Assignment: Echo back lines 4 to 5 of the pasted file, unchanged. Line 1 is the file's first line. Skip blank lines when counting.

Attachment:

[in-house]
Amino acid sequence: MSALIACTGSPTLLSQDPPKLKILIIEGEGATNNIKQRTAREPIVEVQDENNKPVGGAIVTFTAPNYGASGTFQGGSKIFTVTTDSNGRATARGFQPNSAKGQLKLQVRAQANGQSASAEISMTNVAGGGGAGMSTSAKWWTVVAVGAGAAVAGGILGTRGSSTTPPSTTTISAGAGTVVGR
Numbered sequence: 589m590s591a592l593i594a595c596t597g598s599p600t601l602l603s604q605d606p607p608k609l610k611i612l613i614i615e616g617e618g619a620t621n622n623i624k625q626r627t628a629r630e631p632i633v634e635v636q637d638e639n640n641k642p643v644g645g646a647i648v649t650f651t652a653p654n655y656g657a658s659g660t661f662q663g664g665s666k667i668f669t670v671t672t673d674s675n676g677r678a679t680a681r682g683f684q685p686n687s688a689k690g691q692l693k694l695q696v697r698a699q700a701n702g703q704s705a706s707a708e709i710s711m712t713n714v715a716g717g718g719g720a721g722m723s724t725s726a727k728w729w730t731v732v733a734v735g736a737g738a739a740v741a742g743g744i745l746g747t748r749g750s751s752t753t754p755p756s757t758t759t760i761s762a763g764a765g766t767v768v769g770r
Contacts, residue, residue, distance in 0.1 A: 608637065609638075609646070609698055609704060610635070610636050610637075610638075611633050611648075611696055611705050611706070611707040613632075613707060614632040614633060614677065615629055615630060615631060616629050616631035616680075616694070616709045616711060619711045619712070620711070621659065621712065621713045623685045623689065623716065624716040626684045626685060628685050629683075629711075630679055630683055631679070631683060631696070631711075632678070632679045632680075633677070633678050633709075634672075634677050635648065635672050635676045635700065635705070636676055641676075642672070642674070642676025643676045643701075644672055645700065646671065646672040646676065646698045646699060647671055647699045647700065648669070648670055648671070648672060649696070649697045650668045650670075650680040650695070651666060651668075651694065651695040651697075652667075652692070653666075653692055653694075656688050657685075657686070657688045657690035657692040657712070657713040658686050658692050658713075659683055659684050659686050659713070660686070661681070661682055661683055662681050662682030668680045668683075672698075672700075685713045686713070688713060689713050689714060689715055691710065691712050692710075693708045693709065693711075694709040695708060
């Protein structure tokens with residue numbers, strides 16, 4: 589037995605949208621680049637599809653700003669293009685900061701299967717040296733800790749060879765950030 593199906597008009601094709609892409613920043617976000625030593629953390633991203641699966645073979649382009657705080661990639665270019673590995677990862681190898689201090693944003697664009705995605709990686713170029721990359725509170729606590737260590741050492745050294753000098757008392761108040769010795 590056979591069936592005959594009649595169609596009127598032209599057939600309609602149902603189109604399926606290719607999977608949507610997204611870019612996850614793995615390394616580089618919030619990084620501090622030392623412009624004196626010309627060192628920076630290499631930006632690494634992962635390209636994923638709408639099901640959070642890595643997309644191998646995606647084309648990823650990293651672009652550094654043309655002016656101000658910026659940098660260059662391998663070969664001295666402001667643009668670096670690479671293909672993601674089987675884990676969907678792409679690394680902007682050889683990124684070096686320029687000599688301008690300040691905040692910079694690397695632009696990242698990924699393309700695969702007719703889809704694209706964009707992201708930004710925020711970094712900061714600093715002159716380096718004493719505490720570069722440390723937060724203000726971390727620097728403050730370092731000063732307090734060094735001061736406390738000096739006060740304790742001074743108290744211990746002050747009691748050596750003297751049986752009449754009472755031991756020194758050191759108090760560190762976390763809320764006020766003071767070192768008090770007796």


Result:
Contacts, residue, residue, distance in 0.1 A: 608637065609638075609646070609698055609704060610635070610636050610637075610638075611633050611648075611696055611705050611706070611707040613632075613707060614632040614633060614677065615629055615630060615631060616629050616631035616680075616694070616709045616711060619711045619712070620711070621659065621712065621713045623685045623689065623716065624716040626684045626685060628685050629683075629711075630679055630683055631679070631683060631696070631711075632678070632679045632680075633677070633678050633709075634672075634677050635648065635672050635676045635700065635705070636676055641676075642672070642674070642676025643676045643701075644672055645700065646671065646672040646676065646698045646699060647671055647699045647700065648669070648670055648671070648672060649696070649697045650668045650670075650680040650695070651666060651668075651694065651695040651697075652667075652692070653666075653692055653694075656688050657685075657686070657688045657690035657692040657712070657713040658686050658692050658713075659683055659684050659686050659713070660686070661681070661682055661683055662681050662682030668680045668683075672698075672700075685713045686713070688713060689713050689714060689715055691710065691712050692710075693708045693709065693711075694709040695708060
């Protein structure tokens with residue numbers, strides 16, 4: 589037995605949208621680049637599809653700003669293009685900061701299967717040296733800790749060879765950030 593199906597008009601094709609892409613920043617976000625030593629953390633991203641699966645073979649382009657705080661990639665270019673590995677990862681190898689201090693944003697664009705995605709990686713170029721990359725509170729606590737260590741050492745050294753000098757008392761108040769010795 590056979591069936592005959594009649595169609596009127598032209599057939600309609602149902603189109604399926606290719607999977608949507610997204611870019612996850614793995615390394616580089618919030619990084620501090622030392623412009624004196626010309627060192628920076630290499631930006632690494634992962635390209636994923638709408639099901640959070642890595643997309644191998646995606647084309648990823650990293651672009652550094654043309655002016656101000658910026659940098660260059662391998663070969664001295666402001667643009668670096670690479671293909672993601674089987675884990676969907678792409679690394680902007682050889683990124684070096686320029687000599688301008690300040691905040692910079694690397695632009696990242698990924699393309700695969702007719703889809704694209706964009707992201708930004710925020711970094712900061714600093715002159716380096718004493719505490720570069722440390723937060724203000726971390727620097728403050730370092731000063732307090734060094735001061736406390738000096739006060740304790742001074743108290744211990746002050747009691748050596750003297751049986752009449754009472755031991756020194758050191759108090760560190762976390763809320764006020766003071767070192768008090770007796």